Date:Sat, 14 Oct 2000 11:25:26 -0400
Reply-To:Discussion of Topics for Soccer Referees <[log in to unmask]>
Sender:Discussion of Topics for Soccer Referees <[log in to unmask]>
From:Jim Allen <[log in to unmask]>
Subject:Re: Offside - Advantage - Handling
Comments:cc: Tom Stagliano <[log in to unmask]>
Content-Type:text/plain; charset="us-ascii" ; format="flowed"
At 3:45 PM -0400 10/13/00, Tom Stagliano wrote:
>People cite a Jim Allen ruling of several years ago. I, obviously, am
>arguing Against that ruling. I argue against that ruling because it
>introduces a Paradox to the enforcement of the LOTG, and the LOTG writers
>could not have intended to have that Paradox. Who am I to argue this????
>Just an interested referee who hates paradoxes. Maybe it is time for
>someone at USSF headquarters to document this scenario and send it to the
>FIFA board and have them issue a ruling.
>Just my opinion. But, since we saw this event happen last year in the
>MLS, it is a scenario that can easily play out in any or many high level
>games in a FIFA tournament, and therefore needs an across the board ruling
>by FIFA rather than merely a ruling within the USSF ATR.
>Thank you for having this very interesting discussion.
> - Stag
And Jim Allen responds:
Jim Allen does not make "rulings." I answer questions posed to me
and write articles for popular consumption. Some are given an
official cachet by the USSF National Program for Referee Development.
Such is the case with the paper to which Stag and several others have
referred. The point of view expressed in that paper is echoed in the
USSF position paper (not written by me) published May 14, 1999,
"Sequential Infringements of the Law" (repeated in full below).
Interestingly enough, while scrounging through some old papers in my
filing cabinets yesterday, I found an old copy of
"Schiedsrichter-Zeitung," the German federation's referee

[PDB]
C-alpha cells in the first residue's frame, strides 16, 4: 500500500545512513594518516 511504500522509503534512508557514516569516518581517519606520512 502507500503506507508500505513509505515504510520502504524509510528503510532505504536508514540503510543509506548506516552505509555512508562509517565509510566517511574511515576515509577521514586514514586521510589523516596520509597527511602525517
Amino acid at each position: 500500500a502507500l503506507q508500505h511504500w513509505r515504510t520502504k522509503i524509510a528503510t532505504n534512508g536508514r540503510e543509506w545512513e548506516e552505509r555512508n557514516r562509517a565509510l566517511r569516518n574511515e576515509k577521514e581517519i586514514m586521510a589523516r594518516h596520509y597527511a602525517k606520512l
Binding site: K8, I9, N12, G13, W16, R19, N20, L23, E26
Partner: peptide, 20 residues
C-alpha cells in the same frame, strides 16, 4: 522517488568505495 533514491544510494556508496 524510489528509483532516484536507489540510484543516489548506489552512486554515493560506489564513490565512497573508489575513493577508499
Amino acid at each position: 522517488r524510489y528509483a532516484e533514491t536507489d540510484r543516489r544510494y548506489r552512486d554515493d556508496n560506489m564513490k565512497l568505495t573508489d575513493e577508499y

newsletter/magazine from 1992. An article in that magazine went into
great detail about the same subject and came up with the same ruling,
and their ruling is also official: If the offside is recognized, it
makes no difference what happens afterward; the offside, as the first
of two (or more) infringements, rules the restart. Any subsequent
action is punished solely as misconduct and does not rule the restart.
Text of the position paper, "Sequential Infringements of the Law" of
14 May 1999:
Sequential Infringements of the Law
Recent matches in the professional division have highlighted a basic
principle of the Laws of the Game -- that a foul cannot be committed
when the ball is not in play. Reduced to its most simple elements,
this principle assists the referee in deciding what action to take if
an infringement of thge Law occurs after play is stopped. Because
such action cannot be a foul, the referee must deal with it as
misconduct and remember that the restart has already been determined
based on what stopped play in the first place.
This concept, however, depends on understanding when and under what
circumstances the ball is not in play and the role for the assistant
- Law 9 states that the ball is out of play when it leaves the field,
across the touch line or the goal line, or when the referee has
- USSF Advice to Referees (9.1) explains that the referee has stopped
play at the moment the decision is made, not when it is announced by
some signal (e.g., a whistle).
Accordingly, the decision to stop play marks the beginning of the
stoppage and the time between the decision to stop play and the
announcement of the decision is included in the period of stoppage.
Any infringement during this period is therefore misconduct and plays
no part in determining the correct restart.
Particularly with infringements of Law 11 (Offside), however, it is
the assistant referee who is most likely to have given the initial
signal that a violation may have occurred. Under the Laws of the
Game, this information is subject to the decision of the referee. If
the referee accepts the information, then the offside has been called
and is considered to have occurred when the assistant referee gave
the original signal. Anything happening after the assistant
referee's signal must be dealt with as misconduct.
This is exemplified by a situation in which the correct flag signal
for offside by the assistant referee is not initially seen but a
subsequent apparent foul is whistled by the referee. If the referee
becomes aware of the assistant referee signal prior to restarting
play and if the original signal is confirmed by the referee, the
subsequent apparent foul must be handled as misconduct rather than as
a foul and the restart would be an indirect free kick for the defense
(for the offside violation) nomatter what action the referee has
taken regarding the misconduct (caution or sending off).
Of course, these matters need to be included in the pregame briefing
of the officials. Further, keeping the assistant referees in better
view during play will reduce the likelihood of embarrassingly
extended delays in become aware of their signals.
/s/ Alfred Kleinaitis
Manager of Referee Development and Education